divided circuit

Discussion in 'The Projects Forum' started by Lightfire, Feb 20, 2011.

  1. Lightfire

    Thread Starter Well-Known Member

    Oct 5, 2010
    690
    21
    Hello,

    I want to build a circuit which has a lot of sub-circuits.

    Let's say it's looks like a electric company. Every houses has their own electric supply but all those supply are generally from the electric company. That's what I like to do.

    I mean for example, sub-circuit 1 gets short-circuited, the other sub-circuits will not be affected. Just the sub-circuit 1 has the problem.

    Is there any thing can make it true? What items do I need? Should every sub-circuit has this item? Or it is not possible to happened?

    Thank you a lot!
     
    Last edited: Feb 20, 2011
  2. Lightfire

    Thread Starter Well-Known Member

    Oct 5, 2010
    690
    21
    Bump. :) Bump :) Bump :)
     
  3. bertus

    Administrator

    Apr 5, 2008
    15,648
    2,347
    Hello,

    There is no need to bump.
    It has only been 4 hours from your last post.
    It can take more than 24 hours sometimes as this is a worldwide forum.

    The sub circuits can have small fuses that will blow to protect the main circuit.

    Bertus
     
  4. Lightfire

    Thread Starter Well-Known Member

    Oct 5, 2010
    690
    21
    how big is the small fuses are????
     
  5. SgtWookie

    Expert

    Jul 17, 2007
    22,182
    1,728
    You need to decide what amount of current is a reasonable maximum for each circuit, and then choose a fuse that will open if the maximum is exceeded.

    The wiring between the supply and the circuit must be rated for higher current than the fuse, or else the wiring could melt or catch on fire.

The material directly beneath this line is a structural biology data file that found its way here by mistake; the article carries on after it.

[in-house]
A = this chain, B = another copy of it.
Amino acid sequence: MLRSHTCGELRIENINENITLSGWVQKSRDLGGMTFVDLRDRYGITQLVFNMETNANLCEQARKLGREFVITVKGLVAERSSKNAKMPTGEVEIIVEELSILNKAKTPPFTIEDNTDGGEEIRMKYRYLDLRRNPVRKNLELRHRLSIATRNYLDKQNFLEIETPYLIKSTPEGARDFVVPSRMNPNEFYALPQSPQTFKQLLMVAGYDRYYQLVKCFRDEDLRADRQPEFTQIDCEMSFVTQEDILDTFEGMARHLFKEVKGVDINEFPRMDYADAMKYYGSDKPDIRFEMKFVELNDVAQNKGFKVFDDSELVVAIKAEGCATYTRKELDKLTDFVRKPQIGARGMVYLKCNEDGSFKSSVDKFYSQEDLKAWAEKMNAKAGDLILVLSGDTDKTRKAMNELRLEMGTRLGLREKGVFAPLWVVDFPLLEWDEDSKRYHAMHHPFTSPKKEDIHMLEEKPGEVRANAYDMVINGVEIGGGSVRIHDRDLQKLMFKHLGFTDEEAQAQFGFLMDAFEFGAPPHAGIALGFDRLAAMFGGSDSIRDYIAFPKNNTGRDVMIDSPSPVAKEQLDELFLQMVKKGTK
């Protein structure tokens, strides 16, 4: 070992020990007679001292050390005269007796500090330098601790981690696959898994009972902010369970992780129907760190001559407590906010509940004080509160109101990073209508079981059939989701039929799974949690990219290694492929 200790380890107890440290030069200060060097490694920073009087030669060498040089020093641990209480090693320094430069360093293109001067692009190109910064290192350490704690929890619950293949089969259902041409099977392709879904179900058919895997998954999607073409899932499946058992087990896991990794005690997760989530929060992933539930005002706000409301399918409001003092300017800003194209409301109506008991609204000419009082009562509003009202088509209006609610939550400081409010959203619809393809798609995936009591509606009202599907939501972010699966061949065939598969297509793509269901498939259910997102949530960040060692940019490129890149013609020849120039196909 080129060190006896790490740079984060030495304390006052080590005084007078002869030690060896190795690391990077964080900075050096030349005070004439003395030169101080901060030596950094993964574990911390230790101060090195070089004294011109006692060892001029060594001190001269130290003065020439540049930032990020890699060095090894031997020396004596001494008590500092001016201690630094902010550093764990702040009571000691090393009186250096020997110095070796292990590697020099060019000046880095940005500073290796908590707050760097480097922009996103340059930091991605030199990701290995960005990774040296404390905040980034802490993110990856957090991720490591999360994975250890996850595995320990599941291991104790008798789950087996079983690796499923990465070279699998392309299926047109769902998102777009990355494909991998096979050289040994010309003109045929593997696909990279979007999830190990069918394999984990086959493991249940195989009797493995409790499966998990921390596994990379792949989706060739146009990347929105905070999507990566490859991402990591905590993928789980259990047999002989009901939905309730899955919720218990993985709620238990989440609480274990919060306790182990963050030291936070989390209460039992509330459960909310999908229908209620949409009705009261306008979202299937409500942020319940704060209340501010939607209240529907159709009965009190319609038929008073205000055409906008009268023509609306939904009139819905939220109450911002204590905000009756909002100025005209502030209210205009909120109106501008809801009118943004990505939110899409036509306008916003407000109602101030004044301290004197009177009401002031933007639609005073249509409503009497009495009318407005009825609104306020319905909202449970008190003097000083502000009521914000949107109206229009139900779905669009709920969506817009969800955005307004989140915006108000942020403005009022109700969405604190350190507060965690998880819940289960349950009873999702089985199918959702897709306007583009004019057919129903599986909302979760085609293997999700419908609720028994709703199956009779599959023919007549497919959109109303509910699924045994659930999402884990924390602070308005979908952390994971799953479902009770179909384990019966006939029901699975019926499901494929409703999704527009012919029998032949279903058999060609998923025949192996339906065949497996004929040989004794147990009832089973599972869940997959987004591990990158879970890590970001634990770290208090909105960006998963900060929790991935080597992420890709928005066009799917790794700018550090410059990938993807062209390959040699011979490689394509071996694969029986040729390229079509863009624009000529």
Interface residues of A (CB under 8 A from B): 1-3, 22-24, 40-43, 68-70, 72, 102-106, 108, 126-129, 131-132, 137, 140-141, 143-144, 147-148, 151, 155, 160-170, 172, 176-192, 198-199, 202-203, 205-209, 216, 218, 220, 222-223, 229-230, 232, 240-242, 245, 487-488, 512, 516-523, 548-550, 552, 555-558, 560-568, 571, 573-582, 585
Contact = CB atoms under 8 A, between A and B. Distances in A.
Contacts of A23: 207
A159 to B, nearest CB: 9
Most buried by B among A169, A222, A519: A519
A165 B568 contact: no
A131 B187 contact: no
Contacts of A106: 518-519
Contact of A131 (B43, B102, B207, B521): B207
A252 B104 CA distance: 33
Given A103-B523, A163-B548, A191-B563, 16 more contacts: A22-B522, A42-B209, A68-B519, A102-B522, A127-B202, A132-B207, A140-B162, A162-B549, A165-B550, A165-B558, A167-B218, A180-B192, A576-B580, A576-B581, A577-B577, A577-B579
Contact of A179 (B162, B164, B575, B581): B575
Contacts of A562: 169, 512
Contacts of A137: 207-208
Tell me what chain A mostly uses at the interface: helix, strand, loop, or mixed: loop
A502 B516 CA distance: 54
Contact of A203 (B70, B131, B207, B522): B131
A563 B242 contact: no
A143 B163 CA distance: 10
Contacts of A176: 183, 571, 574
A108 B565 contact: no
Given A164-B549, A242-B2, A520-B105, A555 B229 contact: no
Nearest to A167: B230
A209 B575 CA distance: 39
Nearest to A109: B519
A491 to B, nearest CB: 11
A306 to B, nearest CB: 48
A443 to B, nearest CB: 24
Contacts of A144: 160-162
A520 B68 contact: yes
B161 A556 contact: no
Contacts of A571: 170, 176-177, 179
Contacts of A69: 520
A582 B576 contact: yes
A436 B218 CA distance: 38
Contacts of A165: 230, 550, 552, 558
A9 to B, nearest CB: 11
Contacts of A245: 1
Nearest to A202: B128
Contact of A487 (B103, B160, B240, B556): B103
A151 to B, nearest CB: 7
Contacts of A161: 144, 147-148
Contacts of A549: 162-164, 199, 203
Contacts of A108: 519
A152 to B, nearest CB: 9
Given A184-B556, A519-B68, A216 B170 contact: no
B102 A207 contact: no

The fuse must be rated for the voltage that it must interrupt.
     
  6. Lightfire

    Thread Starter Well-Known Member

    Oct 5, 2010
    690
    21
    For example,

    my circuit was rated as 240 volts then i must use electric wire that is about 300 volts, right? and i must use 240 volts fuse??????
     
  7. beenthere

    Retired Moderator

    Apr 20, 2004
    15,815
    282
    The fuse must be rated to clear at 240 VAC. Insulation must be able to handle greater voltages. The line is measured in RMS, which is a measurement that allows a comparison with DC. The peak voltage will be more like 340 volts (the fuse will have this taken into account). So your insulation needs to be for greater than 340 volts. 600 volts is probably better.
     
  8. Lightfire

    Thread Starter Well-Known Member

    Oct 5, 2010
    690
    21
    what if my circuit was all rated as 12 volts (i mean any devices were 12 volts), what fuse should i use?
     
  9. dribron

    New Member

    Feb 22, 2011
    3
    0
    Well you will need to calculate you current. It isn't enough to just go by your voltage needs, you will need to know your current, otherwise you'll be blowing fuses.. And possible creating a rather dangerouse situation.
     
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